The bigger question for desktops users is, why? The hard truth is that we suspect the change was not done to benefit desktop PCs. It’s to benefit laptops, all-in-ones, and anything else that really needs precise control over power and voltage in a very thin package. In other words, it’s a move that’s all about mobile and small computing. The good news is that it doesn’t seem to hurt enthusiasts very much. Yes, you’ll need beefy cooling to run Haswell overclocked, but you always needed that.
Overclocking Give and Take
When Intel jumped from Lynnfield to Sandy Bridge chips, it left behind the ability to pump up the base clock to overclock a chip. Overclockers still got unlocked “K” CPUs, but even non-K parts could overclock by four bins through the multiplier on Z-series boards. With Haswell, that feature is now gone, so non-K parts are truly clock-blocked in every way possible.
The good news for enthusiasts is that Intel has added more knobs to K-chip overclocking. Borrowing from the Sandy Bridge-E chips, Haswell K chips will now offer additional CPU straps for overclocking. Rather than being limited to just 100MHz and a few megahertz above it, additional ratios of 125MHz, 160MHz, and 250MHz should be available to help overclock the CPU without overclocking PCIe and other clock-sensitive components.
Big Fat L4—Just Not for You
One of the most exciting developments in the Haswell parts list is the new Core i7-4770R. This one chip features a massive 128MB of embedded DRAM, or eDRAM, to ameliorate memory bandwidth issues in graphics. Don’t care about integrated graphics? You should, because the R part’s eDRAM also acts as a massive L4 cache, which, according to some developers, offers a pretty big boost in performance outside of graphics. The really bad news is that you can’t get it in anything other than a BGA chip today. After hearing the objections of the enthusiast tech press (see, we help you sometimes), Intel is looking at the option of offering a socketed R chip.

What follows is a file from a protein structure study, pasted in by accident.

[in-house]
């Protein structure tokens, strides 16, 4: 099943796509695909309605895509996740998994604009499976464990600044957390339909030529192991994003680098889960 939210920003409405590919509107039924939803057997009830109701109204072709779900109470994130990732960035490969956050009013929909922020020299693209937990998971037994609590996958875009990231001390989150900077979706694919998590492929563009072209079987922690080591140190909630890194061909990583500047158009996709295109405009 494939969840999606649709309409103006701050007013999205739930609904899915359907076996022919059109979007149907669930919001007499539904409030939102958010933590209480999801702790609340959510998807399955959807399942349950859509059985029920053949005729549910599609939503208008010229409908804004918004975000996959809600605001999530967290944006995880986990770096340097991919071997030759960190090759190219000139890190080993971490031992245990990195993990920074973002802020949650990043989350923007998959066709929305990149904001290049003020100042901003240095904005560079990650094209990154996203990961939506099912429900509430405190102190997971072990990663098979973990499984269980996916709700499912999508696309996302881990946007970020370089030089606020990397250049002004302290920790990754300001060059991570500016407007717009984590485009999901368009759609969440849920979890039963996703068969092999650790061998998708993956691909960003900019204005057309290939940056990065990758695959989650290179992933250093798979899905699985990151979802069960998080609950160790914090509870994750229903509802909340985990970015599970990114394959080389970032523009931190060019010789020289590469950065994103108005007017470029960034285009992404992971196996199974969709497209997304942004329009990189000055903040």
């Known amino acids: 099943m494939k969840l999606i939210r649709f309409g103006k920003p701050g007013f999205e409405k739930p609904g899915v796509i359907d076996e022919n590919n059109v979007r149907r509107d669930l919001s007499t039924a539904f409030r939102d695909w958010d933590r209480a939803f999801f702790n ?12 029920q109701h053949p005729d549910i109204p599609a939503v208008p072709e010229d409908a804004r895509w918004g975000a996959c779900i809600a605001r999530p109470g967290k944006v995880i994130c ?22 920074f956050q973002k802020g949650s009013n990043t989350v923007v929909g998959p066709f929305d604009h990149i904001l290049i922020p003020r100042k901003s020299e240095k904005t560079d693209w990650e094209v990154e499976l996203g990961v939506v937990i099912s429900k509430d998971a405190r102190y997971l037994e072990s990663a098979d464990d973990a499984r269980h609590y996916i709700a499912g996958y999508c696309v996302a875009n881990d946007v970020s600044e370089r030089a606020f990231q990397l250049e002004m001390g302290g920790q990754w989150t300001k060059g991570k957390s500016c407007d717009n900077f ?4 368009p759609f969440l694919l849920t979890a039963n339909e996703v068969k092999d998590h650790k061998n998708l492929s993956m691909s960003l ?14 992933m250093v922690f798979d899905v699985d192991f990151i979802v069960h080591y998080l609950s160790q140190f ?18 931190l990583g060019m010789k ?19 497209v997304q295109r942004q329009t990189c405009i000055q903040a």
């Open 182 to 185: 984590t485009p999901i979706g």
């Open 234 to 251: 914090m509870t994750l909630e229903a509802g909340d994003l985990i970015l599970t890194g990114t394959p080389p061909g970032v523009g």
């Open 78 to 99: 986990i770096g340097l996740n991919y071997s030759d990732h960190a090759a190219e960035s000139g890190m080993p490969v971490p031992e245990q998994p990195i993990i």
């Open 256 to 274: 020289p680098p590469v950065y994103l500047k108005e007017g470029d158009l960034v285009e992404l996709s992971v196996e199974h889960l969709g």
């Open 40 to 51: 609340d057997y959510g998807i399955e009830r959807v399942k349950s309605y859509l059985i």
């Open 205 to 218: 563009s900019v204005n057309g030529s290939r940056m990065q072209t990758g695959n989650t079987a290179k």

TSX for Only Some of Us
Much has been said about Intel’s transactional memory feature, or TSX, in Haswell. TSX essentially makes it easier for programmers to write multithreaded code by addressing the complexities of having to lock portions of an array of data. TSX lets the processor handle much of the grunt work. Now for the bad news: TSX is apparently only available on some Haswell chips. Intel wouldn’t say which chips had it and which didn’t, but a leaked chart on Tom’s Hardware indicates that the only two chips we care about—the two unlocked K parts—don’t have it.
And the Good News?
So, Haswell runs a bit hotter, takes some voltage control out of your hands, eliminates the non-K overclocks, doesn’t give enthusiasts access to the large L4 cache version, doesn’t have TSX in the K parts, and, well, requires a new motherboard, too. You’re probably wondering just where the hell the good news is for enthusiasts with Haswell.
Despite all our bitching, we will say that Intel has at least paid attention to the one metric that counts most: performance. Intel didn’t just take an Ivy Bridge die, erase the name, and pencil in Haswell. The company has added new instructions to Haswell, including AVX2 and FMA2, that will eventually benefit you. The company has also increased the execution ports and generally made a lot of nips and tucks in the name of performance. What this means is that, clock for clock, Haswell offers a noticeable performance boost over Ivy Bridge. The full skinny on Haswell’s performance follows, but let’s just say it again: It’s fast. The apparent lack of TSX, fat L4, and multiplier overclocking might give you a frowny face, but maybe the only people who should really have a frowny face are those who just bought into a full-boat LGA1155 system with a top-of-the-line Core i7-3770K chip.
Click the next page to read about Haswell's integrated graphics.